- Facts related to your marriage. This includes: When and where you were married, any prenuptial agreement (If so, bring a copy of the agreement with you), previous marriages (If so, provide details of your previous divorce(s)).
- Any issues involving your children. This includes: Custody arrangements, co-parenting agreements, special needs, etc.
- Financial information. This includes: Assets and debts each of you brought into the marriage, your incomes and expenses, employment information, shared property (e.g. home, cars), shared debts (e.g. mortgage, college fund for the kids) and investments (e.g. insurance plans, pension plans).
- Legal documents. This includes: copies of lawsuits, bankruptcy suits, judgments, and garnishments.
- Your divorce goals. Be specific about what you want from the divorce. Think beyond your current emotional state to long-term goals that include how you will co-parent children (if any) and continue to function as a family post-divorce. Think about the relationship you want with your ex and kids in one year, in 5 years and then 10 years into the future.
3 Things to Remember
- Your lawyer is not your psychologist. Do not expect your attorney to be on call 24 hours a day or to listen to you rant about the latest injustice you’ve suffered at the hands of your spouse during an acrimonious divorce. Every time your lawyer takes a phone call or returns an email you are racking up an hourly rate. Call a friend or get an actual therapist and you will save money and keep your lawyer focused on what really matters—the facts of the case.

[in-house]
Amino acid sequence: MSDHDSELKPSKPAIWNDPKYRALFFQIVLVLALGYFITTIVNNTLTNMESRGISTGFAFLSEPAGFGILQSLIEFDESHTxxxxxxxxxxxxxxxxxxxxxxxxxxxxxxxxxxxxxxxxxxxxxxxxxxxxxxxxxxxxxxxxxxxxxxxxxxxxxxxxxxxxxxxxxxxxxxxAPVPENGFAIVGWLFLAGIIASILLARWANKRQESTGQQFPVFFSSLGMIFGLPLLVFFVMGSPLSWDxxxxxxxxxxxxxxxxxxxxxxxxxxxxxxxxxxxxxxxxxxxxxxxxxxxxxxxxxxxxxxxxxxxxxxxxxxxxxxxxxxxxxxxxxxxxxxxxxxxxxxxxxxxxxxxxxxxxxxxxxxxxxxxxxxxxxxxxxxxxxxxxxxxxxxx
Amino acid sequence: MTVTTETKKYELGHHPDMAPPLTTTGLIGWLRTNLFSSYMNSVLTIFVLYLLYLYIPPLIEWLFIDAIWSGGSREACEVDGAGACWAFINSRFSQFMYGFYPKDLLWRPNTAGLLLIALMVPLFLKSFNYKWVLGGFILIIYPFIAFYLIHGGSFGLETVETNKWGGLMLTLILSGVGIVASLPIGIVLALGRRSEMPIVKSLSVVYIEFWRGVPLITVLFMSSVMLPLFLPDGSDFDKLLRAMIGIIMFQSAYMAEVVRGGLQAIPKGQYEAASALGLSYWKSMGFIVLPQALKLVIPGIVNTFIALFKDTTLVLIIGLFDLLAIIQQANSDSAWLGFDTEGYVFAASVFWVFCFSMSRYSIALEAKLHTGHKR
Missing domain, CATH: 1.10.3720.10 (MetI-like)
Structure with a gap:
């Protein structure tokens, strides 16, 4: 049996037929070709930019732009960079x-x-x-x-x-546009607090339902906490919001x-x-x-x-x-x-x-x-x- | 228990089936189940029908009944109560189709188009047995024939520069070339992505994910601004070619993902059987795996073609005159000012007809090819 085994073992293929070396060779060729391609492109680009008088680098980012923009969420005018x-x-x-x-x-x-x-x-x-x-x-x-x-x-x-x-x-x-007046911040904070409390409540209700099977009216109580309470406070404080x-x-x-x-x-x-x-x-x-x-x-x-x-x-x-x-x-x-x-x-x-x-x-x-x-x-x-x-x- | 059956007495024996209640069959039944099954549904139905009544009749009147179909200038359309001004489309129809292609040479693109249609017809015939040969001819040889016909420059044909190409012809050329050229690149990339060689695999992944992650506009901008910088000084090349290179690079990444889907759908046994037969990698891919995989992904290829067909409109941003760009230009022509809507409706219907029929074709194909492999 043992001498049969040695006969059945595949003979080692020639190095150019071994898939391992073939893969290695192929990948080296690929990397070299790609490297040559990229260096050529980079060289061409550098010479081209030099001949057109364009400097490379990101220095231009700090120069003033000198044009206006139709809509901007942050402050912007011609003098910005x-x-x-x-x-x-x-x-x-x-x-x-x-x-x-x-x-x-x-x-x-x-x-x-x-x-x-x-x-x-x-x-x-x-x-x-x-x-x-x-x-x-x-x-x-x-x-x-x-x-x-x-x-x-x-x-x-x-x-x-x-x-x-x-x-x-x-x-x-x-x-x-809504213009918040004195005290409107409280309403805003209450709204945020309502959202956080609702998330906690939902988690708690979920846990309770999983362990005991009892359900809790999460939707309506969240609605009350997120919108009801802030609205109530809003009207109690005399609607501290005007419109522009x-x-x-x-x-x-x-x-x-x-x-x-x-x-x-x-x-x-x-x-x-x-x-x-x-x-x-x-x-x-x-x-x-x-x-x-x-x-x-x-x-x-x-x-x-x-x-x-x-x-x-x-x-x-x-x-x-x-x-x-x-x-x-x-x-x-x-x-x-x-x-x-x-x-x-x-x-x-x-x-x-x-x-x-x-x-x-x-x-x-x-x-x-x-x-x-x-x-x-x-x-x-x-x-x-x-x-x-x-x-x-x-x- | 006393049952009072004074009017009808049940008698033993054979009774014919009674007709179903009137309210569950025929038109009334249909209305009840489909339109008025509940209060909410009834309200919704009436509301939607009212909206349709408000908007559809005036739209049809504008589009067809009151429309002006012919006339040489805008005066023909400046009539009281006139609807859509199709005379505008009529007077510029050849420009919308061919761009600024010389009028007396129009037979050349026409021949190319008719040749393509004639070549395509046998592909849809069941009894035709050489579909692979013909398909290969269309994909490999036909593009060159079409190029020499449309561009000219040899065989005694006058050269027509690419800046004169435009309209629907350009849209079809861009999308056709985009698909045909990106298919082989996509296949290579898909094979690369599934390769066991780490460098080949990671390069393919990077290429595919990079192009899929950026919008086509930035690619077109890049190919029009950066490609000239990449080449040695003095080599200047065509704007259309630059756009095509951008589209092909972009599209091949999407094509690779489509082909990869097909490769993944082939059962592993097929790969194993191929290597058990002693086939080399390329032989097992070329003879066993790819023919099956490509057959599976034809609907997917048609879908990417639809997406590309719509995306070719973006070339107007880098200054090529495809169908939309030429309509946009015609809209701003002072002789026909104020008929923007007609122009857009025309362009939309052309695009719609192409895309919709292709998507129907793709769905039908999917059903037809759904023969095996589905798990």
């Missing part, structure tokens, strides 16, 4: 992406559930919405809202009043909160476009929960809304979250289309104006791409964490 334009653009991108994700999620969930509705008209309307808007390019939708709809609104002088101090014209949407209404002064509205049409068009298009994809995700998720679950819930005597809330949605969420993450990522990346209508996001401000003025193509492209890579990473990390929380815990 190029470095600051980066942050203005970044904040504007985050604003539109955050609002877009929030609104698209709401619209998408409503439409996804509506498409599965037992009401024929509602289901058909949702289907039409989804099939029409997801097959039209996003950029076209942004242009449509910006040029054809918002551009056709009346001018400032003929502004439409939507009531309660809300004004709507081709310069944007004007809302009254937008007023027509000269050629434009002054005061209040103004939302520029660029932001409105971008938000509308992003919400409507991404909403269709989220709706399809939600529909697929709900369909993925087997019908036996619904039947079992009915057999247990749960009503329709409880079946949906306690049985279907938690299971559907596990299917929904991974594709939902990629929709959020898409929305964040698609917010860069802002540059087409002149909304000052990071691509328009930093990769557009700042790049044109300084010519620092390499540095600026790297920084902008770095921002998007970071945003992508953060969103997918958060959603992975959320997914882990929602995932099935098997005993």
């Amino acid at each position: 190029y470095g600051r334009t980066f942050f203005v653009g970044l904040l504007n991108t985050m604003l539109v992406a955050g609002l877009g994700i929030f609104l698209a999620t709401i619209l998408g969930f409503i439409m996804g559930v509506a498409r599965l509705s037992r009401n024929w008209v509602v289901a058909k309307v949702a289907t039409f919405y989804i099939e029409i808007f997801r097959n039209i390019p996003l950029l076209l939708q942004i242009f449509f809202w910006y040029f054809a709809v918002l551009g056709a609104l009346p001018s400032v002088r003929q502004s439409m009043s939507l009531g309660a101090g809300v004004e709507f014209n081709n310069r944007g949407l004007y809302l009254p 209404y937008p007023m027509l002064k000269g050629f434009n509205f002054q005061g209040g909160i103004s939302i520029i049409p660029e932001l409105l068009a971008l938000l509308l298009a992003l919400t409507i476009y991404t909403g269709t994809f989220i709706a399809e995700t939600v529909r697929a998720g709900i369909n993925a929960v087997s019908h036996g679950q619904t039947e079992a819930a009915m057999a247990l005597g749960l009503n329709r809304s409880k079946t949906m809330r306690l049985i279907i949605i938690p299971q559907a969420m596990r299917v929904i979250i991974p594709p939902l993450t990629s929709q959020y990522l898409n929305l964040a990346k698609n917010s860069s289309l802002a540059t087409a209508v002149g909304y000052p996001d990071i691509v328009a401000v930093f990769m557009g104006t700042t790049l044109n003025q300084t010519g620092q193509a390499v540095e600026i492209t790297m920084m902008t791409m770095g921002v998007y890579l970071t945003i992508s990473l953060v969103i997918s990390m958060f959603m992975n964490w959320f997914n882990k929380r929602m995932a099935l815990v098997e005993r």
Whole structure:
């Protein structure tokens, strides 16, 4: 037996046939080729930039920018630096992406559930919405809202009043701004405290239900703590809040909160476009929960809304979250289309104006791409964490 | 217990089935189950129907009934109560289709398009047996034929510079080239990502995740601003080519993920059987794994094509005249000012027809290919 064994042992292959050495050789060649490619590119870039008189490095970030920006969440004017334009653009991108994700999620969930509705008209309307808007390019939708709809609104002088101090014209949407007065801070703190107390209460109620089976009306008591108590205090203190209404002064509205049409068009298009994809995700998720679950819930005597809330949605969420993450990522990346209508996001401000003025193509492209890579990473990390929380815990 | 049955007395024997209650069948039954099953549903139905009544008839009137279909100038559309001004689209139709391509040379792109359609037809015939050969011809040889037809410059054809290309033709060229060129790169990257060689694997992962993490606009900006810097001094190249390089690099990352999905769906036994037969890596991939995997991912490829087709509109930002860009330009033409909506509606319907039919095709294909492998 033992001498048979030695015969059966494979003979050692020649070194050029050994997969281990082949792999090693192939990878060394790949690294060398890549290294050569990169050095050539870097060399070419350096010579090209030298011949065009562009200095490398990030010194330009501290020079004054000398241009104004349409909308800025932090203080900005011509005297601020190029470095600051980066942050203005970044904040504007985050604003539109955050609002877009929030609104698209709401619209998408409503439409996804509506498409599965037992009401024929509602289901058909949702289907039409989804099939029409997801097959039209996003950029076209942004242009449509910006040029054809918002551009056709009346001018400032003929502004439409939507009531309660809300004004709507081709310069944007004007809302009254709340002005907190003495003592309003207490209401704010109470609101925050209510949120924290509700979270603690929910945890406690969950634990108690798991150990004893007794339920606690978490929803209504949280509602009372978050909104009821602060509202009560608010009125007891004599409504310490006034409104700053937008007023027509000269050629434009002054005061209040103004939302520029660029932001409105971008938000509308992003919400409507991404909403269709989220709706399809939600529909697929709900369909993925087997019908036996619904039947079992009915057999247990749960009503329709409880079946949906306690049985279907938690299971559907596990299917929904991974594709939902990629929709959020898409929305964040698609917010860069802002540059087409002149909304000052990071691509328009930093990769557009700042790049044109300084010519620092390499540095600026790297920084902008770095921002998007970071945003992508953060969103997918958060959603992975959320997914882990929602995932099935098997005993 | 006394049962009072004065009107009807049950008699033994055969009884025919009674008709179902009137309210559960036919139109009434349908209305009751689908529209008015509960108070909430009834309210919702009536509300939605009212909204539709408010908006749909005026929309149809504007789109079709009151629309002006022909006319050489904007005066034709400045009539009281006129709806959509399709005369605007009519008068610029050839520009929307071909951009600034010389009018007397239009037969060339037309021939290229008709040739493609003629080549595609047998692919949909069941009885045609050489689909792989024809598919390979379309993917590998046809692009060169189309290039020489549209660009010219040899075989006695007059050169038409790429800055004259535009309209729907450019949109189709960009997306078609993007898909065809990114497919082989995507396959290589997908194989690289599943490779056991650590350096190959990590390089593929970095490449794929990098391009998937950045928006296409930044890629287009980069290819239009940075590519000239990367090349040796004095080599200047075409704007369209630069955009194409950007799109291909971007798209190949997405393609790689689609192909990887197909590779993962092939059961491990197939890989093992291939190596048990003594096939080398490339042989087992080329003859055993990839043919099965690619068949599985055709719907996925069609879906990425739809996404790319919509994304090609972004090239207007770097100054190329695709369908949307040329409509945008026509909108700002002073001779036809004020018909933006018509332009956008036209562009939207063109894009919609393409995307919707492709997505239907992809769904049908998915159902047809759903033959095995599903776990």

- If your lawyer is giving you advice you disagree with, keep an open mind and consider the guidance carefully. Your lawyer isn’t concerned with your desire for revenge but with getting you the best possible outcome, so take a step back and evaluate whether you’re refusing your lawyer’s advice for purely emotional reasons. Don’t let your settlement suffer because you can’t see past your immediate feelings. You will end up suffering long-term consequences for temporary emotional satisfaction.
- You will likely go through periods of frustration or disappointment as your divorce progresses, but don’t take it out on your lawyer. Some things will be out of his or her control. Remember that your attorney is on your side and it’s best to tackle the rough patches as a team. Staying positive and on good terms is your best bet at getting your lawyer or mediator to work their hardest for your case.
While you are expecting the most from your lawyer—that he or she is skilled, hard-working and dedicated to fighting for your case—your lawyer is hoping you’ll be the ideal client: calm, professional, well prepared and easy to get along with.
When a competent client and a capable lawyer team up and work well together, the odds are greatly increased for a good outcome. Hold your attorney to task in putting in the effort your case requires, but do yourself a favor by being a client that makes their job easier and more effective. The ideal client can control his emotions and focus on the logical facts of the case, is organized and prepared, treats his lawyer as a valuable teammate, and is willing to listen to his lawyer’s advice – even if he doesn’t follow it all the time.